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Posts Tagged ‘restaurant review’

by guest blogger Chase Purdy

spicy carne molida taco

Mas Tacos’ menu certainly doesn’t lack options. Chase tried the spicy carne molida taco and a glass of zanaranta (carrot + orange juice).

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by Sarah Steimer

Our shared vegetarian platter at Abay.

A couple of weeks ago, a couple of my friends and I were in the mood for a little BYOB dining. After staring at Urbanspoon for a while, someone suggested going to Abay (pronounced uh-BYE), an Ethiopian restaurant. I’d never had that sort of fare before, so off we went to East Liberty — which, for the record, is really making a comeback. Sure, you could probably still buy crack in certain parts, but it has a Whole Foods!

David and Tom digging in. Maybe the coolest basket I've ever used as a table.

Abay has been topping a lot of restaurant lists in Pittsburgh, and it’s not so expensive that you have to wait for a birthday or bar mitzvah to go. It’s a fairly small restaurant and they don’t take reservations unless you have a party of eight or more, so the waiting line on a weekend night can get long.

We were seated at one of the super-cool woven basket tables with a Lazy Susan on top to encourage sharing. You can get individual meals at Abay, but it’s a lot more fun to try a little bit of this and that. We got the three-person vegetarian sampler ($32.50 — so only about $10 per person) and chose the following (starting clockwise from the top in the first picture of this post):

Ye Abesha Gomen: Kale, peppers, ginger, garlic and onions slow-cooked in a mild sauce.

Shiro Wat: Finely ground split peas, lentils and chickpeas simmered in berbere and a combination of seasonings.

Ayib be Gomen: Fresh collard greens blended with Abay’s homemade cheese.

Fosolia: String beans lightly spiced and sauteed with carrots, onions and potatoes.

Everything was served on injera, which is a spongy flatbread made from tef, wheat and barley. The way to eat this is to rip off a piece of the injera and scoop up what you’d like. The menu explains the importance of communal spirit in Ethiopia and how it’s reflected in the way they eat: no individual plates or utensils.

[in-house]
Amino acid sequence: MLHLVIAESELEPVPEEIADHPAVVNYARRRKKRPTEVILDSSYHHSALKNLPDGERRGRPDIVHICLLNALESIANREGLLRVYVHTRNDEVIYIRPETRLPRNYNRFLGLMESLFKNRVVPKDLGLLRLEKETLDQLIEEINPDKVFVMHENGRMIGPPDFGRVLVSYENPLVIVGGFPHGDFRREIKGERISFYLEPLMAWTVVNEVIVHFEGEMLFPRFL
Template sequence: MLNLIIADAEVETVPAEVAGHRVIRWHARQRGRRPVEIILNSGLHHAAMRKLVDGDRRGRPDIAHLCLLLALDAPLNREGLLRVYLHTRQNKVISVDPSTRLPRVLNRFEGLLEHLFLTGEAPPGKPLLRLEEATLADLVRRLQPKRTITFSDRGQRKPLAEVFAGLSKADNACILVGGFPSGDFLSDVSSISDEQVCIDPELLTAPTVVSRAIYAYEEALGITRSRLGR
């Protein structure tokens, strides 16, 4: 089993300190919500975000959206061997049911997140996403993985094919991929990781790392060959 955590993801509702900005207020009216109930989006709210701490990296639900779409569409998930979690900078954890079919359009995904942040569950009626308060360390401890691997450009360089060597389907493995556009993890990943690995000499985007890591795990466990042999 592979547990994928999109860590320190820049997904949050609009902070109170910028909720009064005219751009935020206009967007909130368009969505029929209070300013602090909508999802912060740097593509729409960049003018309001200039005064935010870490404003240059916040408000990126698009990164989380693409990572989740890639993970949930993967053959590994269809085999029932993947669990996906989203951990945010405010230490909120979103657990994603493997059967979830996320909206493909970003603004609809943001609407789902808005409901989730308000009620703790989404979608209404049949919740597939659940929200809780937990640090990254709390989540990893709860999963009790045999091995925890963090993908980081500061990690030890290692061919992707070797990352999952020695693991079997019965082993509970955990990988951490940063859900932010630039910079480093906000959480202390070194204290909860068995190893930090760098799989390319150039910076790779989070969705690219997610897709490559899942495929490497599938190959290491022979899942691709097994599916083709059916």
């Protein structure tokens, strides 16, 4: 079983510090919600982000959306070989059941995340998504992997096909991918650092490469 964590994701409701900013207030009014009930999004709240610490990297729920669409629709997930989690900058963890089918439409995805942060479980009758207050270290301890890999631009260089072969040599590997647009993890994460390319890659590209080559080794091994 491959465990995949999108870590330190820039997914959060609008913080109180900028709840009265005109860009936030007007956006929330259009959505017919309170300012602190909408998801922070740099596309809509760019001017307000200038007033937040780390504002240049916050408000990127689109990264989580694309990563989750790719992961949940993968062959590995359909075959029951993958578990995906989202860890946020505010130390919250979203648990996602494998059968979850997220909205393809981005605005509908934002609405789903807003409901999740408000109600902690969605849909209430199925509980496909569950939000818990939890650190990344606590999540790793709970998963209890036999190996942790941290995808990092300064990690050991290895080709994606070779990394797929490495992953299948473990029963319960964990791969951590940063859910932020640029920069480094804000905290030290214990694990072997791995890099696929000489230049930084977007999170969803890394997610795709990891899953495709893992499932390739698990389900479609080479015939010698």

Incredible dessert I wish I'd caught the name of.

Our platter was absolutely delicious. It doesn’t look like a ton of food but I was comfortably full when we finished. The Shiro Wat was spicy and it tasted great when combined with Ye Abesha Gomen. I was very surprised by the Fosolia because it tasted a bit like something you would have at Thanksgiving time. But all the tastes meshed beautifully and I chocked up that trip to one of my best restaurant experiences in Pittsburgh.

Just when I thought it couldn’t get better, my friend Dave got us this incredible dessert. I wish I caught the name of it (the desserts are chosen on a daily basis and not on the menu), but it was something like warm pumpkin pie filling wrapped in crispy phyllo dough and served with vanilla bean ice cream with syrup drizzled over top. Unbelievable.

Everything about the food, the way we ate and the conversations we had definitely gave me the feeling of community the restaurant shoots for.

Visit Abay in East Liberty: 130 S. Highland Ave. Pittsburgh, Pa. 15206; http://www.abayrestaurant.com/index.shtml

Photos: Sarah Steimer

For more photos from my trip to Abay, check out our Flickr site!

Abay Ethiopian Cuisine on Urbanspoon

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